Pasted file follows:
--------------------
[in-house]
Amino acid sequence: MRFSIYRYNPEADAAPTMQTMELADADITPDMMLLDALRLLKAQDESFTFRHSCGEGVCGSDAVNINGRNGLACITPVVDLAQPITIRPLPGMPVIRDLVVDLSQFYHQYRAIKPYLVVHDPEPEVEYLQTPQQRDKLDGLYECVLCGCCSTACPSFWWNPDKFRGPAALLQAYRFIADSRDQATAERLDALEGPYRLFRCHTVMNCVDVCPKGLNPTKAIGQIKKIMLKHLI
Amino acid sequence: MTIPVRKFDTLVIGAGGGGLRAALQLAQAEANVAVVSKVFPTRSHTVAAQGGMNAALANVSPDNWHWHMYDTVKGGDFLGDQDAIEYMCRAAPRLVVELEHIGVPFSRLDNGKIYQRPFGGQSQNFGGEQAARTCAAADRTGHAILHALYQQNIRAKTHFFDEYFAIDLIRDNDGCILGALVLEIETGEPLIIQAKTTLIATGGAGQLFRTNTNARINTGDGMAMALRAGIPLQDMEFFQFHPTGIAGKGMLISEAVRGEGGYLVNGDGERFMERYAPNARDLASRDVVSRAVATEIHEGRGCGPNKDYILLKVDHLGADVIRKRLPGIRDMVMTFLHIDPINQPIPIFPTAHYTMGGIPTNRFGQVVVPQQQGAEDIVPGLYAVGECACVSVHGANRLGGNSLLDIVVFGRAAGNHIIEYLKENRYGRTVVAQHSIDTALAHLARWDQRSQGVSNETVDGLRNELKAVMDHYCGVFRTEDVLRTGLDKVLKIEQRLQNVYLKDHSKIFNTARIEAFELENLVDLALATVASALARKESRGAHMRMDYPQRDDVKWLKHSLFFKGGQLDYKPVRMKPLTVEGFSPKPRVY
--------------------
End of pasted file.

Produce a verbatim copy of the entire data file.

[in-house]
Amino acid sequence: MRFSIYRYNPEADAAPTMQTMELADADITPDMMLLDALRLLKAQDESFTFRHSCGEGVCGSDAVNINGRNGLACITPVVDLAQPITIRPLPGMPVIRDLVVDLSQFYHQYRAIKPYLVVHDPEPEVEYLQTPQQRDKLDGLYECVLCGCCSTACPSFWWNPDKFRGPAALLQAYRFIADSRDQATAERLDALEGPYRLFRCHTVMNCVDVCPKGLNPTKAIGQIKKIMLKHLI
Amino acid sequence: MTIPVRKFDTLVIGAGGGGLRAALQLAQAEANVAVVSKVFPTRSHTVAAQGGMNAALANVSPDNWHWHMYDTVKGGDFLGDQDAIEYMCRAAPRLVVELEHIGVPFSRLDNGKIYQRPFGGQSQNFGGEQAARTCAAADRTGHAILHALYQQNIRAKTHFFDEYFAIDLIRDNDGCILGALVLEIETGEPLIIQAKTTLIATGGAGQLFRTNTNARINTGDGMAMALRAGIPLQDMEFFQFHPTGIAGKGMLISEAVRGEGGYLVNGDGERFMERYAPNARDLASRDVVSRAVATEIHEGRGCGPNKDYILLKVDHLGADVIRKRLPGIRDMVMTFLHIDPINQPIPIFPTAHYTMGGIPTNRFGQVVVPQQQGAEDIVPGLYAVGECACVSVHGANRLGGNSLLDIVVFGRAAGNHIIEYLKENRYGRTVVAQHSIDTALAHLARWDQRSQGVSNETVDGLRNELKAVMDHYCGVFRTEDVLRTGLDKVLKIEQRLQNVYLKDHSKIFNTARIEAFELENLVDLALATVASALARKESRGAHMRMDYPQRDDVKWLKHSLFFKGGQLDYKPVRMKPLTVEGFSPKPRVY